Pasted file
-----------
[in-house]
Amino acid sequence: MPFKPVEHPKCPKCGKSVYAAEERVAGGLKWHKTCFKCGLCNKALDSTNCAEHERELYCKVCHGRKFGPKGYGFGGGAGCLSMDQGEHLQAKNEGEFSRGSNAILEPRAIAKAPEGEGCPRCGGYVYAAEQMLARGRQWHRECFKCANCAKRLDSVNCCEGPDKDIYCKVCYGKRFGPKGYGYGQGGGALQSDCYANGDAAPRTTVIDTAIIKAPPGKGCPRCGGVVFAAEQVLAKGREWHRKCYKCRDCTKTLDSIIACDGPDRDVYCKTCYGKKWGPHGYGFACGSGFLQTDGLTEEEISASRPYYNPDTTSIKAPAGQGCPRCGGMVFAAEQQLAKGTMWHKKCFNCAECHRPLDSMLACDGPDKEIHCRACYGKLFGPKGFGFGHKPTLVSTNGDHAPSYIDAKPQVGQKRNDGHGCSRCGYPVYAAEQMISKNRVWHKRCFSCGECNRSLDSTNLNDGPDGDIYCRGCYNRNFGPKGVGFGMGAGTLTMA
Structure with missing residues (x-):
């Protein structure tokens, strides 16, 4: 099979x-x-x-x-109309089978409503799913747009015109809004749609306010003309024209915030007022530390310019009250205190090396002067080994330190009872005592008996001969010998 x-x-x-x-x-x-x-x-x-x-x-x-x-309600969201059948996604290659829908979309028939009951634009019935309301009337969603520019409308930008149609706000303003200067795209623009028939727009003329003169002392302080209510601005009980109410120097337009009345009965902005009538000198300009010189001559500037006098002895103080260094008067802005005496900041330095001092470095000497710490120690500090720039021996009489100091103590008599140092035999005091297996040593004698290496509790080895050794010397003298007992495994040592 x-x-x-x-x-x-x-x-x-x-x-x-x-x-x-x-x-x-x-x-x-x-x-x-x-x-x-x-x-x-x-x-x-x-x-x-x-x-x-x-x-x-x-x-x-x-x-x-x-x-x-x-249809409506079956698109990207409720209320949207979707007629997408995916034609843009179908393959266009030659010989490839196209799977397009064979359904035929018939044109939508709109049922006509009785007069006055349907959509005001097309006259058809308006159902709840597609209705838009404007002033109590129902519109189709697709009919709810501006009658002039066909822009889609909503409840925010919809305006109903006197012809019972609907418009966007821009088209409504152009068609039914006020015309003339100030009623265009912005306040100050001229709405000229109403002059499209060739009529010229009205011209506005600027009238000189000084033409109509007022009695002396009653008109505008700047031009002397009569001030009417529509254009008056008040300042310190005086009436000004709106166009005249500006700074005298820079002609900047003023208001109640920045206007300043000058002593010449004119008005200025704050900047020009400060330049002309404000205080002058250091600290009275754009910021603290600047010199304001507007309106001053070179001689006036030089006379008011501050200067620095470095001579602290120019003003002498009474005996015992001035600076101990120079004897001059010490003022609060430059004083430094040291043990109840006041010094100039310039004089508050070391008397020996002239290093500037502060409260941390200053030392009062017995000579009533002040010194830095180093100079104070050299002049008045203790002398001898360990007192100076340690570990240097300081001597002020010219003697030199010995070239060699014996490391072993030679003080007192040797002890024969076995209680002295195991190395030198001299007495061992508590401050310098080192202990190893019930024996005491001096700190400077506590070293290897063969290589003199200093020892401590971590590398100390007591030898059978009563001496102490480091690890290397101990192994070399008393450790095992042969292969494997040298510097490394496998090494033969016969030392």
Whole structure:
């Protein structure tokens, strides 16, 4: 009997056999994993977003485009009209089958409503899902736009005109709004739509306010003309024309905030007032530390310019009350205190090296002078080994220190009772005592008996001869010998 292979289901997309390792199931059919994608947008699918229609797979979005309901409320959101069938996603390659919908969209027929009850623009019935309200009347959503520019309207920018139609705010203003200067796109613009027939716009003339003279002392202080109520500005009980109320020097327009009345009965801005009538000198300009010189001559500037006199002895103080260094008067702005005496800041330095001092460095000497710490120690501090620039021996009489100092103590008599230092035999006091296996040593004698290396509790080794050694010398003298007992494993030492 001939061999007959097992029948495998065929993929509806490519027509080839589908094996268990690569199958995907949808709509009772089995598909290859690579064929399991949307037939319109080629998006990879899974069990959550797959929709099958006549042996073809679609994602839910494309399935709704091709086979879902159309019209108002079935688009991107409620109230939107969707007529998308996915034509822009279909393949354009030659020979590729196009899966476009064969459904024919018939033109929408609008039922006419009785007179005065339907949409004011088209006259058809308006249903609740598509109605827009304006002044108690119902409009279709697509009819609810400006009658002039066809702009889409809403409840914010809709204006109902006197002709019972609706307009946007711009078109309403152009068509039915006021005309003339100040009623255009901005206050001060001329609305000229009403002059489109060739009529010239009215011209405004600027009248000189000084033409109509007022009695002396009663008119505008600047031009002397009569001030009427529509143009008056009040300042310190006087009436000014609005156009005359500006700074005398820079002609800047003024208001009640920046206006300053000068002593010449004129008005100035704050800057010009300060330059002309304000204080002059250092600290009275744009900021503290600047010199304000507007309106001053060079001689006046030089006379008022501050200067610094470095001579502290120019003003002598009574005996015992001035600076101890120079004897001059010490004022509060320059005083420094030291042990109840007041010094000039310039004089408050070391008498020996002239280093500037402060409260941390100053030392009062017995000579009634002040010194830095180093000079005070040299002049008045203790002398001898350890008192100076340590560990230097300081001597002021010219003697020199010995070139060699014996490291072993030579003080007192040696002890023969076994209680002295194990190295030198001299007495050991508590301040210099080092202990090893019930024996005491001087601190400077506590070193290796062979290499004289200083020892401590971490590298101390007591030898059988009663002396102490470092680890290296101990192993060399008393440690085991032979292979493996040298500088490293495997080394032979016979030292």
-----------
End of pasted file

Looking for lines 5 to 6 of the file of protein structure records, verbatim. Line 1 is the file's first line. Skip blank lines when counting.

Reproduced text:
Whole structure:
């Protein structure tokens, strides 16, 4: 009997056999994993977003485009009209089958409503899902736009005109709004739509306010003309024309905030007032530390310019009350205190090296002078080994220190009772005592008996001869010998 292979289901997309390792199931059919994608947008699918229609797979979005309901409320959101069938996603390659919908969209027929009850623009019935309200009347959503520019309207920018139609705010203003200067796109613009027939716009003339003279002392202080109520500005009980109320020097327009009345009965801005009538000198300009010189001559500037006199002895103080260094008067702005005496800041330095001092460095000497710490120690501090620039021996009489100092103590008599230092035999006091296996040593004698290396509790080794050694010398003298007992494993030492 001939061999007959097992029948495998065929993929509806490519027509080839589908094996268990690569199958995907949808709509009772089995598909290859690579064929399991949307037939319109080629998006990879899974069990959550797959929709099958006549042996073809679609994602839910494309399935709704091709086979879902159309019209108002079935688009991107409620109230939107969707007529998308996915034509822009279909393949354009030659020979590729196009899966476009064969459904024919018939033109929408609008039922006419009785007179005065339907949409004011088209006259058809308006249903609740598509109605827009304006002044108690119902409009279709697509009819609810400006009658002039066809702009889409809403409840914010809709204006109902006197002709019972609706307009946007711009078109309403152009068509039915006021005309003339100040009623255009901005206050001060001329609305000229009403002059489109060739009529010239009215011209405004600027009248000189000084033409109509007022009695002396009663008119505008600047031009002397009569001030009427529509143009008056009040300042310190006087009436000014609005156009005359500006700074005398820079002609800047003024208001009640920046206006300053000068002593010449004129008005100035704050800057010009300060330059002309304000204080002059250092600290009275744009900021503290600047010199304000507007309106001053060079001689006046030089006379008022501050200067610094470095001579502290120019003003002598009574005996015992001035600076101890120079004897001059010490004022509060320059005083420094030291042990109840007041010094000039310039004089408050070391008498020996002239280093500037402060409260941390100053030392009062017995000579009634002040010194830095180093000079005070040299002049008045203790002398001898350890008192100076340590560990230097300081001597002021010219003697020199010995070139060699014996490291072993030579003080007192040696002890023969076994209680002295194990190295030198001299007495050991508590301040210099080092202990090893019930024996005491001087601190400077506590070193290796062979290499004289200083020892401590971490590298101390007591030898059988009663002396102490470092680890290296101990192993060399008393440690085991032979292979493996040298500088490293495997080394032979016979030292």